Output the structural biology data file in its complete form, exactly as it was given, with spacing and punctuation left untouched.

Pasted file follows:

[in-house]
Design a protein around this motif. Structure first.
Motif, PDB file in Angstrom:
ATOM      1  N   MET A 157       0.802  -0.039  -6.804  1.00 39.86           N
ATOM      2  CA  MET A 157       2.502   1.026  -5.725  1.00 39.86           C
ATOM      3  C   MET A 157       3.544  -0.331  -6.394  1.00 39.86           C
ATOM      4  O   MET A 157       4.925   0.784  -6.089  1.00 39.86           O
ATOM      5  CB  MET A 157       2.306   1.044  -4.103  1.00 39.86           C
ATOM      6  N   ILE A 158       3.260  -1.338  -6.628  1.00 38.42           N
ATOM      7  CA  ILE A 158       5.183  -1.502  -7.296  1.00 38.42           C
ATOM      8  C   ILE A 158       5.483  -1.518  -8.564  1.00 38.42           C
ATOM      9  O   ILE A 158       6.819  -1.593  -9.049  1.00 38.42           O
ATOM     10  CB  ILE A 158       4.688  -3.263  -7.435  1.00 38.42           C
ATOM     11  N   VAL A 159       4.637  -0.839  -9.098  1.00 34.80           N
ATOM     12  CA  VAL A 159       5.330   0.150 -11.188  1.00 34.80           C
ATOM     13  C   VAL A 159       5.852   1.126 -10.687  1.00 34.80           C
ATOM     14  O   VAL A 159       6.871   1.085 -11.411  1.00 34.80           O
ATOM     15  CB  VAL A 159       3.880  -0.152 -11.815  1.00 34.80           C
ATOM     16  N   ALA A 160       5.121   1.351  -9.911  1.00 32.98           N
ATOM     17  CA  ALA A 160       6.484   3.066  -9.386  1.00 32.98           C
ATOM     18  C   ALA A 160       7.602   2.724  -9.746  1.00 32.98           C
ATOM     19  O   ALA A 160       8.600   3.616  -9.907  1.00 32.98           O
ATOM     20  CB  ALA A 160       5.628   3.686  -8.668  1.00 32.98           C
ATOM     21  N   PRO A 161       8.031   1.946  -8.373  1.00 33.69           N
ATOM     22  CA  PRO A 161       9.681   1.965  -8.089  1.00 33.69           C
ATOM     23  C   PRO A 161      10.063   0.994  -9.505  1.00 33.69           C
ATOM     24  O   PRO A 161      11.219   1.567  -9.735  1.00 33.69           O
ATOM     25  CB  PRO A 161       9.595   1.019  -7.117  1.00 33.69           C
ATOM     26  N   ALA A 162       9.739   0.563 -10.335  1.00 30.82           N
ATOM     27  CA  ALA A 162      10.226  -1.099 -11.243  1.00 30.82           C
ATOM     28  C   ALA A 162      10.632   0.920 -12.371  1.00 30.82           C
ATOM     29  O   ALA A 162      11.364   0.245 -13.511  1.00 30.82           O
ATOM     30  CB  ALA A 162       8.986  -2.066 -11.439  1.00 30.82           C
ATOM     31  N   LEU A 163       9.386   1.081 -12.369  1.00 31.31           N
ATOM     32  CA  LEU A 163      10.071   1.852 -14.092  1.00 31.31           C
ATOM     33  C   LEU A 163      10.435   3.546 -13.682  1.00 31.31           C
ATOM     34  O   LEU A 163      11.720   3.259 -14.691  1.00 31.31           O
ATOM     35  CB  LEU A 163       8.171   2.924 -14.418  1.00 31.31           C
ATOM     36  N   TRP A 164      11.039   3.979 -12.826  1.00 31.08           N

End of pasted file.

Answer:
[in-house]
Design a protein around this motif. Structure first.
Motif, PDB file in Angstrom:
ATOM      1  N   MET A 157       0.802  -0.039  -6.804  1.00 39.86           N
ATOM      2  CA  MET A 157       2.502   1.026  -5.725  1.00 39.86           C
ATOM      3  C   MET A 157       3.544  -0.331  -6.394  1.00 39.86           C
ATOM      4  O   MET A 157       4.925   0.784  -6.089  1.00 39.86           O
ATOM      5  CB  MET A 157       2.306   1.044  -4.103  1.00 39.86           C
ATOM      6  N   ILE A 158       3.260  -1.338  -6.628  1.00 38.42           N
ATOM      7  CA  ILE A 158       5.183  -1.502  -7.296  1.00 38.42           C
ATOM      8  C   ILE A 158       5.483  -1.518  -8.564  1.00 38.42           C
ATOM      9  O   ILE A 158       6.819  -1.593  -9.049  1.00 38.42           O
ATOM     10  CB  ILE A 158       4.688  -3.263  -7.435  1.00 38.42           C
ATOM     11  N   VAL A 159       4.637  -0.839  -9.098  1.00 34.80           N
ATOM     12  CA  VAL A 159       5.330   0.150 -11.188  1.00 34.80           C
ATOM     13  C   VAL A 159       5.852   1.126 -10.687  1.00 34.80           C
ATOM     14  O   VAL A 159       6.871   1.085 -11.411  1.00 34.80           O
ATOM     15  CB  VAL A 159       3.880  -0.152 -11.815  1.00 34.80           C
ATOM     16  N   ALA A 160       5.121   1.351  -9.911  1.00 32.98           N
ATOM     17  CA  ALA A 160       6.484   3.066  -9.386  1.00 32.98           C
ATOM     18  C   ALA A 160       7.602   2.724  -9.746  1.00 32.98           C
ATOM     19  O   ALA A 160       8.600   3.616  -9.907  1.00 32.98           O
ATOM     20  CB  ALA A 160       5.628   3.686  -8.668  1.00 32.98           C
ATOM     21  N   PRO A 161       8.031   1.946  -8.373  1.00 33.69           N
ATOM     22  CA  PRO A 161       9.681   1.965  -8.089  1.00 33.69           C
ATOM     23  C   PRO A 161      10.063   0.994  -9.505  1.00 33.69           C
ATOM     24  O   PRO A 161      11.219   1.567  -9.735  1.00 33.69           O
ATOM     25  CB  PRO A 161       9.595   1.019  -7.117  1.00 33.69           C
ATOM     26  N   ALA A 162       9.739   0.563 -10.335  1.00 30.82           N
ATOM     27  CA  ALA A 162      10.226  -1.099 -11.243  1.00 30.82           C
ATOM     28  C   ALA A 162      10.632   0.920 -12.371  1.00 30.82           C
ATOM     29  O   ALA A 162      11.364   0.245 -13.511  1.00 30.82           O
ATOM     30  CB  ALA A 162       8.986  -2.066 -11.439  1.00 30.82           C
ATOM     31  N   LEU A 163       9.386   1.081 -12.369  1.00 31.31           N
ATOM     32  CA  LEU A 163      10.071   1.852 -14.092  1.00 31.31           C
ATOM     33  C   LEU A 163      10.435   3.546 -13.682  1.00 31.31           C
ATOM     34  O   LEU A 163      11.720   3.259 -14.691  1.00 31.31           O
ATOM     35  CB  LEU A 163       8.171   2.924 -14.418  1.00 31.31           C
ATOM     36  N   TRP A 164      11.039   3.979 -12.826  1.00 31.08           N